Tell us about an idea that wound up being a learning experience rather than a big hit.
We had makeup in the salon and it didn’t really transfer well. When people come to Shag they come for a great cut and a great color. If someone wants to go to a great makeup store, they’ll go to MAC. Shag isn’t a department store. We specialize in what we are best at and anything else detracts from that focus. If you have a market for makeup that’s great, but you need to make sure you are devoting space. Create a special area or annex of the salon that focuses on that part of the business because if something looks and feels like an afterthought, it’s not going to work.
How did your relationship with Oribe come about?
I know Oribe from working in New York City years ago. I was always a big fan and followed his career. As soon as I found out he was launching a line, I called him up and got it in the salon. It’s a case where I was doing my homework, following him in magazines and I knew this was going to be a big thing. It totally paid off.
I hadn’t been to a hair show for a long time until three years ago when I went to an Oribe event. I was very impressed; it was entertaining, fresh and vibrant. Every part of the presentation was outstanding-- the models, the videos, the music. It was the first time in a while that I was really inspired by a brand.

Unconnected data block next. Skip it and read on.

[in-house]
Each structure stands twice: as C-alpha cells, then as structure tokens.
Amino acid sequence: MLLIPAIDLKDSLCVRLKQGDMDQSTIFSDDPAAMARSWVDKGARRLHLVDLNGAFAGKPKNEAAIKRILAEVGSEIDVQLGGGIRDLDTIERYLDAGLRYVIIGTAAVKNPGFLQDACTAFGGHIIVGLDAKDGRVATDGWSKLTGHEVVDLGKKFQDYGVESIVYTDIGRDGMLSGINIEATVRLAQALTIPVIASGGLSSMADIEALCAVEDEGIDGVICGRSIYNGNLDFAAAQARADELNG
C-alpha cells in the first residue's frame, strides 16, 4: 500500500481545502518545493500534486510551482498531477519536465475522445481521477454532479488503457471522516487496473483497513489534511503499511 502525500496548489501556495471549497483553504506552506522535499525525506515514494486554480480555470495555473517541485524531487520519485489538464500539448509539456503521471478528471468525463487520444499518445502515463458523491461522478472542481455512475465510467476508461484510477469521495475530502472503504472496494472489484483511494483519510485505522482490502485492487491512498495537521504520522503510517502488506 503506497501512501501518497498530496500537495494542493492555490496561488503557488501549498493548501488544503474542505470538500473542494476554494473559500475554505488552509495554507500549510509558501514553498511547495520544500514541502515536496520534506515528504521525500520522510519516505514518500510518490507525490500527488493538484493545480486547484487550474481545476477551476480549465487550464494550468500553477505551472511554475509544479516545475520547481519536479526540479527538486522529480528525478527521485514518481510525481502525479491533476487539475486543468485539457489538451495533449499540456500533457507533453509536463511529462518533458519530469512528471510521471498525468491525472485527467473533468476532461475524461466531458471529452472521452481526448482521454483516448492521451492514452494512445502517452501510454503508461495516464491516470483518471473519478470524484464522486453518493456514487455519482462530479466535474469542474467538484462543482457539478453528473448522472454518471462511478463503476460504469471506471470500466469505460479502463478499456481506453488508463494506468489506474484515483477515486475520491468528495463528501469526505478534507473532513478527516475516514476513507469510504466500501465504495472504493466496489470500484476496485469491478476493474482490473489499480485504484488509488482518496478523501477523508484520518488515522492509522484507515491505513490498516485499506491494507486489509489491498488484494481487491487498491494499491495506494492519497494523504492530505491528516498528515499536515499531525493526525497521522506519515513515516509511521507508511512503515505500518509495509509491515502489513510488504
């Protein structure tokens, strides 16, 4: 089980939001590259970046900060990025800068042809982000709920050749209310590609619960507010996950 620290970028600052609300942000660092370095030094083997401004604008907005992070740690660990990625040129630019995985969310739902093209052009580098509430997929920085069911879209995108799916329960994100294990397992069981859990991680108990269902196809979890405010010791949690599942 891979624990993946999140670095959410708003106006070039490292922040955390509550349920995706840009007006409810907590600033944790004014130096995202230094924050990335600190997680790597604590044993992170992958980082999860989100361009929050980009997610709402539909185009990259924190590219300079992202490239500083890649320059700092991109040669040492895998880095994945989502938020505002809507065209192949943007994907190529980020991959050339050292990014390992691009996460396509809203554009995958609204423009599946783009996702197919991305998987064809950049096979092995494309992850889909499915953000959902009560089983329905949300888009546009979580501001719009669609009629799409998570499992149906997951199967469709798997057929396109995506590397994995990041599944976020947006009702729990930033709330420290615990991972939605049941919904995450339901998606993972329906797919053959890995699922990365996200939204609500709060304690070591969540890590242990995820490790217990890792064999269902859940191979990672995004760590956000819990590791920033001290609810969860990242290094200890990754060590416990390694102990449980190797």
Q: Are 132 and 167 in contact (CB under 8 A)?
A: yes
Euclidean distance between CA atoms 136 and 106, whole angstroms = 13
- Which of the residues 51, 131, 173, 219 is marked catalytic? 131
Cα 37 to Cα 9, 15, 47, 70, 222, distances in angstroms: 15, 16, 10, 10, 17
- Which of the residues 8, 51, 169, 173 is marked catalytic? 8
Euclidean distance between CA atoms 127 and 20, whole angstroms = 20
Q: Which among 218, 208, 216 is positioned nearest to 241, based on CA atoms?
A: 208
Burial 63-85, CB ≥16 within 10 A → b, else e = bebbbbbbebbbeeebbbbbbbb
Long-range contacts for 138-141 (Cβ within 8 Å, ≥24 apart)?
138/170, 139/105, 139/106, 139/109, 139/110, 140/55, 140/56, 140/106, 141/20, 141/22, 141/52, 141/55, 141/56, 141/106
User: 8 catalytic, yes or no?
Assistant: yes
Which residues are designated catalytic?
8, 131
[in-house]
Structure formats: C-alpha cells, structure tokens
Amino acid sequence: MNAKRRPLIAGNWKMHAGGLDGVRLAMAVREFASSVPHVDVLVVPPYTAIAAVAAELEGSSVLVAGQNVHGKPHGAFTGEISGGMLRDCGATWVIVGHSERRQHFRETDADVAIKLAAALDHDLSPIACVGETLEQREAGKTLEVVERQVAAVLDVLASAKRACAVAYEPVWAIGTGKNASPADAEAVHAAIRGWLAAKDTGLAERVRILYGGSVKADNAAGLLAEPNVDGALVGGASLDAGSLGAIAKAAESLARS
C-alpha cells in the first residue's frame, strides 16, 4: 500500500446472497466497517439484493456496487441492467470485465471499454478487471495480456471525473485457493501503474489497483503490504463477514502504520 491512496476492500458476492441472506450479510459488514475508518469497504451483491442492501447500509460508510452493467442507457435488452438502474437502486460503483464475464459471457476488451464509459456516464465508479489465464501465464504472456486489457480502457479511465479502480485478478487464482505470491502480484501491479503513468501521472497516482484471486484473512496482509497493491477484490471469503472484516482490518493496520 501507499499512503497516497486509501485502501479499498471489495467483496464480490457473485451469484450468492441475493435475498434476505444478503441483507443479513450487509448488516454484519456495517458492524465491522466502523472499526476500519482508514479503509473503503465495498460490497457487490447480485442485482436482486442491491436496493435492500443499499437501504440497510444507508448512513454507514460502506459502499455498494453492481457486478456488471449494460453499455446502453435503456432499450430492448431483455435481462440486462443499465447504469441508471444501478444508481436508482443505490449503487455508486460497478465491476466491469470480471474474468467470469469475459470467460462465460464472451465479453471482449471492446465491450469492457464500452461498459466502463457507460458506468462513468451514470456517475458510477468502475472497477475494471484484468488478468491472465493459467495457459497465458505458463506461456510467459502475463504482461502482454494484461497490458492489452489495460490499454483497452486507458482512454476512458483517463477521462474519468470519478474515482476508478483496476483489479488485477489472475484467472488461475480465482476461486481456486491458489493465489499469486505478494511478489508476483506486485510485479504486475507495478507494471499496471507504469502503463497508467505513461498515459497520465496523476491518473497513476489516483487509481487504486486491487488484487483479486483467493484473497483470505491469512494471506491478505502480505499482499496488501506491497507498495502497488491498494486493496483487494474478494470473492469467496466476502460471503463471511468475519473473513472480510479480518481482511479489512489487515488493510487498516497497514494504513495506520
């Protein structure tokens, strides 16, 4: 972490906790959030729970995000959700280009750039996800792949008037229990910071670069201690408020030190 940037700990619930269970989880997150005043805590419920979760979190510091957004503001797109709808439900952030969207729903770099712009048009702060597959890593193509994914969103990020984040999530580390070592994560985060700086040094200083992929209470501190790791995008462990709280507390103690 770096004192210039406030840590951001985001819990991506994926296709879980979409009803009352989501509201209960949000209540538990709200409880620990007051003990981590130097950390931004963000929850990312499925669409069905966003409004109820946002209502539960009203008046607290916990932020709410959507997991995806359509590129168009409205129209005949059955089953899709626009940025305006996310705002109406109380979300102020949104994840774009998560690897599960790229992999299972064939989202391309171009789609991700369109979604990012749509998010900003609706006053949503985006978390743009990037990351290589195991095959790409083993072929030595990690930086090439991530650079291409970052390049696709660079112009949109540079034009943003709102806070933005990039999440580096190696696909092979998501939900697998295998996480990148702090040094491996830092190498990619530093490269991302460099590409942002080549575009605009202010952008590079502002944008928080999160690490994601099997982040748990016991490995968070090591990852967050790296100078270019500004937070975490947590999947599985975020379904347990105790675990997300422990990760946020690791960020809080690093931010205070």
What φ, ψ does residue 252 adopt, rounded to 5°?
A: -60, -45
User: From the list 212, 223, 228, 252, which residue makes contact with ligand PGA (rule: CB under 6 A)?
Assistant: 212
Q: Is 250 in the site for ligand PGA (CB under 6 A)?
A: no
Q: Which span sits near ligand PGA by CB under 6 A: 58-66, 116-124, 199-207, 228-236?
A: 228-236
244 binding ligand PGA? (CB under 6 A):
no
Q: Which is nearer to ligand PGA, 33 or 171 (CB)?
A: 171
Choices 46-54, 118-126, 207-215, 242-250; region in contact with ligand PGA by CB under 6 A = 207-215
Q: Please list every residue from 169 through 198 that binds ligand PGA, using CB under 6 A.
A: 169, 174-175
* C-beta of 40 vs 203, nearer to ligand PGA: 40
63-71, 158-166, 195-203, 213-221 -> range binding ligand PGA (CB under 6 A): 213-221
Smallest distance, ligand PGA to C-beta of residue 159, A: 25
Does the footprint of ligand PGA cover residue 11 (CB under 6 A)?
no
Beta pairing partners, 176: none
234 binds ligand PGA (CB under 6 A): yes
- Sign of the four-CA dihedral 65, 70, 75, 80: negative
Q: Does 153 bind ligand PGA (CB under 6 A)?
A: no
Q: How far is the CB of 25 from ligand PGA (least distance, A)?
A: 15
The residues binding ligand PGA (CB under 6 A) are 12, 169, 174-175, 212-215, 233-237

Get To Know Sandy
Which super power do you wish you had?
The ability to read minds. I’m pretty good at reading people and anticipating what they’re going to say but that would be a great advantage.
What’s in your refrigerator right now?
Fruits and veggies. I’ve been on a big health kick.
Are you a lover or a fighter?
Lover. People think I’m a fighter because of the way I look but don’t judge a book by its cover.
The Beatles or the Rolling Stones?
Both. The Beatles for John Lennon and The Rolling Stones for Keith Richards
Mac or PC?
Mac. I have five! People always laugh when they come to my house; I’m a Mac junkie. A ‘Macophile’, if you will!
Who gives you advice?
My best friend, Edward King. He owns Big Night Entertainment- they own a lot of high end clubs and restaurants in Boston. I always try to surround myself with people where there is an exchange of ideas and creativity.
Which trend do you hate the most?
The fake, plastic, Hollywood persona. All these girls with the big hair extensions want to look like Kim Kardashian. They don’t understand someone like her spends hours in hair and makeup. It’s not real.
If someone wrote your biography about you, what would it be called?
Shag or Die
When was the moment you realized you made it?”
When I decided to get ‘Shag’ tattooed on my wrist! Another moment was when I had to tell my receptionist to start taking messages for me. I do a lot of TV and magazines, and the more that you do, the more people ask of you. You have to weed out who/what you want to spend your time on and lend your name to.
What is something few people know about you?
I used to be an altar boy.
Click here to watch Oribe's video interview with Sandy!